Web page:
Thursday, January 27, 2011

Hawaii (Teaser)

C and I took a long(+) weekend trip to the North Shore of Oahu, conveniently served by a non-stop flight from Anchorage.  Strangely, it is faster and easier to get to Hawaii than just about anywhere south of Seattle or Portland.  The red-eye deposited us back at ANC at 5:30 this morning with just enough time to brush snow and scrape ice off of the car, drive home, sleep for an hour, and head to work.  Suffice to say, we're not expecting much in the way of activity tonight.

This is just a teaser post, with two quick pictures.  Once I get a chance to separate the digital wheat from chaff, I suspect there will be a robust photo trip report.  In the meantime, enjoy a turtle and a sunset.

Tuesday, January 11, 2011


I just got back from Seattle.  I was last  in the Emerald City in July for a consultation with the good doctors of the Seattle Cancer Care Alliance.  C and I made the most of that trip, but who are we kidding?  We were seeking a second (third) opinion on treatment options; it wasn't exactly relaxation on a stick.  In comparison, last weekend was pure vacation.

I met W, a friend of now 20+ years.  We've kept in touch over the years, but hadn't spent any time together in an awful long time.  So, we agreed to put our lives on hold and split the difference, meeting halfway between our respective homes.  We pretty much stuck to the well trodden tourist path.  We poked into Seattle's alleyways, looking for rats and meals.

We sought out Seattle's famous rusty and dank plumbing.

An elevator operator regaled us with stories of a giant octopus, purportedly housed at the Seattle aquarium.  We can't be sure we actually ever found the aquarium.  It is a certainty we never found the octopus, and the fish we did see were frankly not doing so well in captivity.  I don't think the collection was worth the admission we paid the attendant (who, by the way, smelled like cheap whiskey and two weeks of hard living).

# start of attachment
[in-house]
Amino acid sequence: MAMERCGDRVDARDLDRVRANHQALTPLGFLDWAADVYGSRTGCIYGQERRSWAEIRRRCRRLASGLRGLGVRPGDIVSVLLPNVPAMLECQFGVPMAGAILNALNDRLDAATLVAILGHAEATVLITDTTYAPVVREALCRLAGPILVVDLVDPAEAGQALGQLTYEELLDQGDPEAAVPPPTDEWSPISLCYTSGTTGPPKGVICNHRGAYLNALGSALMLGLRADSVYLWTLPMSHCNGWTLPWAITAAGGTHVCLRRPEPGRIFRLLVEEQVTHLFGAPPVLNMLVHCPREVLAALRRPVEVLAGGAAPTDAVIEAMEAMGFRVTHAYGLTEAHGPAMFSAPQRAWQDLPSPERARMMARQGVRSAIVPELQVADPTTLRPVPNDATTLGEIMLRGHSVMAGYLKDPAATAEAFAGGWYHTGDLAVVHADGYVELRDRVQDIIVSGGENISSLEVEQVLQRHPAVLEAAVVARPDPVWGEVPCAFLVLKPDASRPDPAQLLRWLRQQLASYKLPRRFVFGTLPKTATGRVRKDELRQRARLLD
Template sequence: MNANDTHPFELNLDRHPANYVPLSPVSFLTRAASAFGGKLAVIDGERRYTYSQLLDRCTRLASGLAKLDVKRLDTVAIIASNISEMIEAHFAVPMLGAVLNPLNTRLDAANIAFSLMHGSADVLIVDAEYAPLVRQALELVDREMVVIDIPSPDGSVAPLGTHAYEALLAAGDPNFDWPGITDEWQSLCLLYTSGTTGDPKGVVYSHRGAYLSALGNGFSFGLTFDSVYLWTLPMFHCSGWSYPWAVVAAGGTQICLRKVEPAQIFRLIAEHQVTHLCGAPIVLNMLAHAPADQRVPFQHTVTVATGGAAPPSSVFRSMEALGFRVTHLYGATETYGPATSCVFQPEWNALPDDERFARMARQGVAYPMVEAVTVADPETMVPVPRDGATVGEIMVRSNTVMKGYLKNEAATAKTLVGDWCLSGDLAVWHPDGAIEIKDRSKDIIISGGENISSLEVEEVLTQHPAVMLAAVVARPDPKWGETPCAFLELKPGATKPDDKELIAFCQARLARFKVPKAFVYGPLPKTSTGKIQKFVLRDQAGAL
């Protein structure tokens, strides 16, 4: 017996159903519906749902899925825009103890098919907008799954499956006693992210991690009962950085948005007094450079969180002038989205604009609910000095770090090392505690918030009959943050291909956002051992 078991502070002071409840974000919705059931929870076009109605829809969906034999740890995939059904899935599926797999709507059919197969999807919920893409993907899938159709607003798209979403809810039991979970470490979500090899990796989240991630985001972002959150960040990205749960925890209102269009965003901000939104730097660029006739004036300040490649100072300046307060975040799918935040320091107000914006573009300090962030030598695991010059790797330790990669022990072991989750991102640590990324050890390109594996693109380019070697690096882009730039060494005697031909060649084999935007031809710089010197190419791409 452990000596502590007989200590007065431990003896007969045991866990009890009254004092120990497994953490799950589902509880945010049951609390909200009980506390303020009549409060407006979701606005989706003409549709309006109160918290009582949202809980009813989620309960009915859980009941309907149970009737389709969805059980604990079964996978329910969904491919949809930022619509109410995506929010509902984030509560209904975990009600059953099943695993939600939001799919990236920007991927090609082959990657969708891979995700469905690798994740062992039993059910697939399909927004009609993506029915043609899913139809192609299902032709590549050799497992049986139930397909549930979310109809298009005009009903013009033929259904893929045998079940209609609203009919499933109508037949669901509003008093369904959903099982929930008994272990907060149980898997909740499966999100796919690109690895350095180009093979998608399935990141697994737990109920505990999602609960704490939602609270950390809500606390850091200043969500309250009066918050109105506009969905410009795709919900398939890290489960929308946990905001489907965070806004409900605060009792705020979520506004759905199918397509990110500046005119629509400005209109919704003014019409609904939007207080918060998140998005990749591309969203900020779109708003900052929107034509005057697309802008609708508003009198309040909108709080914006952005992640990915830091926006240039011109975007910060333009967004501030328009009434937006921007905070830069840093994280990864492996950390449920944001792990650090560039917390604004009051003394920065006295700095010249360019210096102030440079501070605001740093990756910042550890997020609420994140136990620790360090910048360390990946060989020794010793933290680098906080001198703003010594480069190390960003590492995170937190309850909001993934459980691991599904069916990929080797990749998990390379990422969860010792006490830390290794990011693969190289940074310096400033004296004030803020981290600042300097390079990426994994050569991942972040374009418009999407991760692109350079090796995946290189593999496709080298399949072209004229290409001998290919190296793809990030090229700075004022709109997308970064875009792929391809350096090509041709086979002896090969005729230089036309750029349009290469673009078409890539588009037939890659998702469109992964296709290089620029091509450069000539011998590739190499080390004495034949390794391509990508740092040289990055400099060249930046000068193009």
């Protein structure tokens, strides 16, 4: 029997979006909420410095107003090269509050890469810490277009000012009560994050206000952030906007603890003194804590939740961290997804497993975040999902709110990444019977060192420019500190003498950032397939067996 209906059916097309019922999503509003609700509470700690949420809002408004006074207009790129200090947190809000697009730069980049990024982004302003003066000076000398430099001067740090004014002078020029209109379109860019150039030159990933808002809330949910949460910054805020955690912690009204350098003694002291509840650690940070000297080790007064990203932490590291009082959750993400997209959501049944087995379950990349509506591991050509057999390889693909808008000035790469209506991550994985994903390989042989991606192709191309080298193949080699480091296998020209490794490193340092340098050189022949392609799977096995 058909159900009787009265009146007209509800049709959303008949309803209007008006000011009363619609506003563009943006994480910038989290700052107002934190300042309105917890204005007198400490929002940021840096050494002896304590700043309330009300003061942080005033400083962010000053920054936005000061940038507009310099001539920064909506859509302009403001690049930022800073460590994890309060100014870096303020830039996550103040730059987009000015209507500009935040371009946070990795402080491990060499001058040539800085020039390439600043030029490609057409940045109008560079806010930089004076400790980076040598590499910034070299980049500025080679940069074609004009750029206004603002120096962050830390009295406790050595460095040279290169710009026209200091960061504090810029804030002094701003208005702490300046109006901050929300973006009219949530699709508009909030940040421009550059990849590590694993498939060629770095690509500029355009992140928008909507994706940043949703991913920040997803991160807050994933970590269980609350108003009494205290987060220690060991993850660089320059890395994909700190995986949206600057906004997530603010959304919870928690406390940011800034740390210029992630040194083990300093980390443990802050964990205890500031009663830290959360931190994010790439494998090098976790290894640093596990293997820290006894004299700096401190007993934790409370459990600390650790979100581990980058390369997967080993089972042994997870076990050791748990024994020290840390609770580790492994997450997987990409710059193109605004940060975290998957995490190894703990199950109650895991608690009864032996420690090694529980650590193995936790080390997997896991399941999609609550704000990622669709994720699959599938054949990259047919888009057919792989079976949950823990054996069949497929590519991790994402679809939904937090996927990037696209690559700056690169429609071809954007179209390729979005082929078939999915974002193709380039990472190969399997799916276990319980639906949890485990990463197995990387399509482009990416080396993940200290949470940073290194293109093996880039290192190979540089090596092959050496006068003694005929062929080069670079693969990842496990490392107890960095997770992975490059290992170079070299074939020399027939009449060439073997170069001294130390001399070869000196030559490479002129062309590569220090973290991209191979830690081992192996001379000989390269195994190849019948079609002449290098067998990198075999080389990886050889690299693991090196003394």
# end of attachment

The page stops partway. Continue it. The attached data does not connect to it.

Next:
We spent long hours studying Sanborn insurance maps from the late 1880s.

We were mesmerized by the geometric symmetry that the city's building code has imposed on ALL structures within the city's historic core.

Like we used to do as kids, we stared into elevator shafts.

And, since Seattle is really a city of neighborhoods, we spent a full afternoon exploring the Pickle District, tasting our way through artisan crafted barrels of dills and bread and butters.

Of course, you can only taste so many pickles before your teeth start to float in brine and your attention turns with ferocity to base biological functions.  So, we also got to visit the city's public restrooms.

There is actually a funny (and true) story about public restrooms in Seattle.  For some reason, it starts in Amsterdam.  I was in Amsterdam for the first time in 1989 with another old friend and his dad.  Much like W and I did in Seattle, we spent our days in Amsterdam as tourists, and, after delighting in Amsterdam's own Pickle District, were in need of bathroom facilities.  Public restrooms in Amsterdam really ran the spectrum.  At one end were small tombstone shaped slabs of concrete tucked within a spiral of 6-foot tall sheet metal at the side of a canal that, quite literally, just gave you something to aim at.  I suspect these restrooms were more popular with the men than the women.   What they lacked in sanitation, however, they more than made up for in affordability.  At the other end of the spectrum were space aged yellow pods.  These cost a pretty guilder (this was pre-euro, mind you) to enter, but used the very height of bathroom sanitation technology to completely scrub each and every surface clean upon each exit.  A little behind the curve, Seattle choose to purchase and install a number of similar (but free) toilet pods throughout its downtown in the mid 2000s.  The city abandoned the project when the toilet pods were co-opted by prostitutes and junkies as temporary office space.